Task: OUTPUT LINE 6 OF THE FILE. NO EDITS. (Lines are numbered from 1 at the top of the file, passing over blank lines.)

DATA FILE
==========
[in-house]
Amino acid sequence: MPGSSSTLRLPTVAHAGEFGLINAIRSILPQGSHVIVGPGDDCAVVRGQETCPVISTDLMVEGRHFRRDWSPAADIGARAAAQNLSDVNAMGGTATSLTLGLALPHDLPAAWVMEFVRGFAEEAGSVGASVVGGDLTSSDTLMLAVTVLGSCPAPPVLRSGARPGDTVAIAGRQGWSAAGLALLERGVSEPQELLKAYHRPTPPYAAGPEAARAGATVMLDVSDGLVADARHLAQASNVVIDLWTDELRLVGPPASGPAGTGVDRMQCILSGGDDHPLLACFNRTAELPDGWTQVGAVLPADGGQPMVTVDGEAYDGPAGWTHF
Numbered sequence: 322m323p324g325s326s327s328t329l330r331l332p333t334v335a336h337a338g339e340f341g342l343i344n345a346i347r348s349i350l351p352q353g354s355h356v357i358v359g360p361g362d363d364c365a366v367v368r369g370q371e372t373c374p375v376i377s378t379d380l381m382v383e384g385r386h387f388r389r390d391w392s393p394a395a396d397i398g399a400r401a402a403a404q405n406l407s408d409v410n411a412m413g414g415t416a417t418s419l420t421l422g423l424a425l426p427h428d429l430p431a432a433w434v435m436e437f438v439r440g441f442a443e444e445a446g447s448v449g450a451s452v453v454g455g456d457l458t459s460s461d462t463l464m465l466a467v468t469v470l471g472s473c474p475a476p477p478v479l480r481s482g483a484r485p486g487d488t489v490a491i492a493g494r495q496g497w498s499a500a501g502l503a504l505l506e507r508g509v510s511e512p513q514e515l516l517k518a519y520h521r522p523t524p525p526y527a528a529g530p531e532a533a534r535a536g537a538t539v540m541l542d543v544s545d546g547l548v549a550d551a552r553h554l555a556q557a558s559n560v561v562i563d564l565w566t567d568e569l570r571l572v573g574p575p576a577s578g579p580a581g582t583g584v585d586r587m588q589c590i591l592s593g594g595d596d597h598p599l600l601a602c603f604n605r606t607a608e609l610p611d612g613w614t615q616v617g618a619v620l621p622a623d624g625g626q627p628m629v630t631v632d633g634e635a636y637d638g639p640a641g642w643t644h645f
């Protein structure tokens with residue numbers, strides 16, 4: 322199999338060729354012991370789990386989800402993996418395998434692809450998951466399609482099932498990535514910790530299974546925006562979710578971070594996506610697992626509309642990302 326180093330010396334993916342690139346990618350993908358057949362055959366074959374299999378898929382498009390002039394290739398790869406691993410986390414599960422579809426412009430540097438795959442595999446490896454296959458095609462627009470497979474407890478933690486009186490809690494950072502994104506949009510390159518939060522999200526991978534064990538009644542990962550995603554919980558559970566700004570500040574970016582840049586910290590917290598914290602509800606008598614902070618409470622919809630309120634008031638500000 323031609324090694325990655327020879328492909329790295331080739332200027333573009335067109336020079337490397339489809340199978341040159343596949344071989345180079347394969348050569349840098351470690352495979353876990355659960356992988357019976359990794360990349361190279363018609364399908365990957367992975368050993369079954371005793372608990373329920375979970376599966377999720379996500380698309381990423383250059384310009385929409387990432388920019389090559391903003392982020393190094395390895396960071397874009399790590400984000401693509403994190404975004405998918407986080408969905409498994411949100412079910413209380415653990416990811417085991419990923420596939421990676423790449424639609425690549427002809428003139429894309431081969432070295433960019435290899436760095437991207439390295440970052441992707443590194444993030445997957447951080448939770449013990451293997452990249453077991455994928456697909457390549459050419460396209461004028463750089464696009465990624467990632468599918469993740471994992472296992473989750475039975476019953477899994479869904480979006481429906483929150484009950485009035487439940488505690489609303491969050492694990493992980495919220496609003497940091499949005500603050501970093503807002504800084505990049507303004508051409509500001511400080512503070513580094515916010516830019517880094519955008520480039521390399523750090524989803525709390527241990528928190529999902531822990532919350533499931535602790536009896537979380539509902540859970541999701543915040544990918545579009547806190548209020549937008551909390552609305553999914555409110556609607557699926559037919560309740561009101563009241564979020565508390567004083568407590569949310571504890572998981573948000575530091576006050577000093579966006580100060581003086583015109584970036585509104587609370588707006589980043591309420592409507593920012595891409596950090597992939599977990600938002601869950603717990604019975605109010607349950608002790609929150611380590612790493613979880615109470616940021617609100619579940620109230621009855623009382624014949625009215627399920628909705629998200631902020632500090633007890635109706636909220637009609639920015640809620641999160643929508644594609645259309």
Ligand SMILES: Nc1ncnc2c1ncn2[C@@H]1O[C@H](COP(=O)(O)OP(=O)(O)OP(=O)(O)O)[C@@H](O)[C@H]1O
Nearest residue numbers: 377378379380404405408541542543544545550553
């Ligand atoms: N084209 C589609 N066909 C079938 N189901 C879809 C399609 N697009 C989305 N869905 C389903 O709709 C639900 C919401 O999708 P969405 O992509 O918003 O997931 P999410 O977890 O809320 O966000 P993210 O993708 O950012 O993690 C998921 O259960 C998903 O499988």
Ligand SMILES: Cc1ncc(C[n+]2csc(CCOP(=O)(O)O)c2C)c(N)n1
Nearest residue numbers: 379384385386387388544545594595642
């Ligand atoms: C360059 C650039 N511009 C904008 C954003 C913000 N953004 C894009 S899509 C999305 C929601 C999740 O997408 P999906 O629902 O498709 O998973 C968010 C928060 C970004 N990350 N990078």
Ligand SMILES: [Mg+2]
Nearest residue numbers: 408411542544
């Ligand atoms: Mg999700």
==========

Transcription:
Nearest residue numbers: 377378379380404405408541542543544545550553